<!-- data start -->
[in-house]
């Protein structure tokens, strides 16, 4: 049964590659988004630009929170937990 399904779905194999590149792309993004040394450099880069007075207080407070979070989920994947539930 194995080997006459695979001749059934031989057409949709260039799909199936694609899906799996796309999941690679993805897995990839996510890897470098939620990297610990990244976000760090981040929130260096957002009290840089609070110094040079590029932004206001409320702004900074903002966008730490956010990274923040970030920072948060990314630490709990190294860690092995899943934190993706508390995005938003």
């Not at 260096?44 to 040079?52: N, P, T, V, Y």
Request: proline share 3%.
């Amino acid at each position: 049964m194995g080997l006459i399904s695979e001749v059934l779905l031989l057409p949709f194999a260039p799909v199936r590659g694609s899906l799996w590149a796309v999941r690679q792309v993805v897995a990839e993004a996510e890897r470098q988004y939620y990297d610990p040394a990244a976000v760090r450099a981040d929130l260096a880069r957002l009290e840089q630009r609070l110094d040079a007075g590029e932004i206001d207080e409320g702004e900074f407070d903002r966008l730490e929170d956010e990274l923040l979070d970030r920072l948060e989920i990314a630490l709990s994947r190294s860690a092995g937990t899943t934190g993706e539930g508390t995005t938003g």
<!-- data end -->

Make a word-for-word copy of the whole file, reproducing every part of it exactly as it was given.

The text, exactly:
[in-house]
């Protein structure tokens, strides 16, 4: 049964590659988004630009929170937990 399904779905194999590149792309993004040394450099880069007075207080407070979070989920994947539930 194995080997006459695979001749059934031989057409949709260039799909199936694609899906799996796309999941690679993805897995990839996510890897470098939620990297610990990244976000760090981040929130260096957002009290840089609070110094040079590029932004206001409320702004900074903002966008730490956010990274923040970030920072948060990314630490709990190294860690092995899943934190993706508390995005938003």
């Not at 260096?44 to 040079?52: N, P, T, V, Y």
Request: proline share 3%.
């Amino acid at each position: 049964m194995g080997l006459i399904s695979e001749v059934l779905l031989l057409p949709f194999a260039p799909v199936r590659g694609s899906l799996w590149a796309v999941r690679q792309v993805v897995a990839e993004a996510e890897r470098q988004y939620y990297d610990p040394a990244a976000v760090r450099a981040d929130l260096a880069r957002l009290e840089q630009r609070l110094d040079a007075g590029e932004i206001d207080e409320g702004e900074f407070d903002r966008l730490e929170d956010e990274l923040l979070d970030r920072l948060e989920i990314a630490l709990s994947r190294s860690a092995g937990t899943t934190g993706e539930g508390t995005t938003g």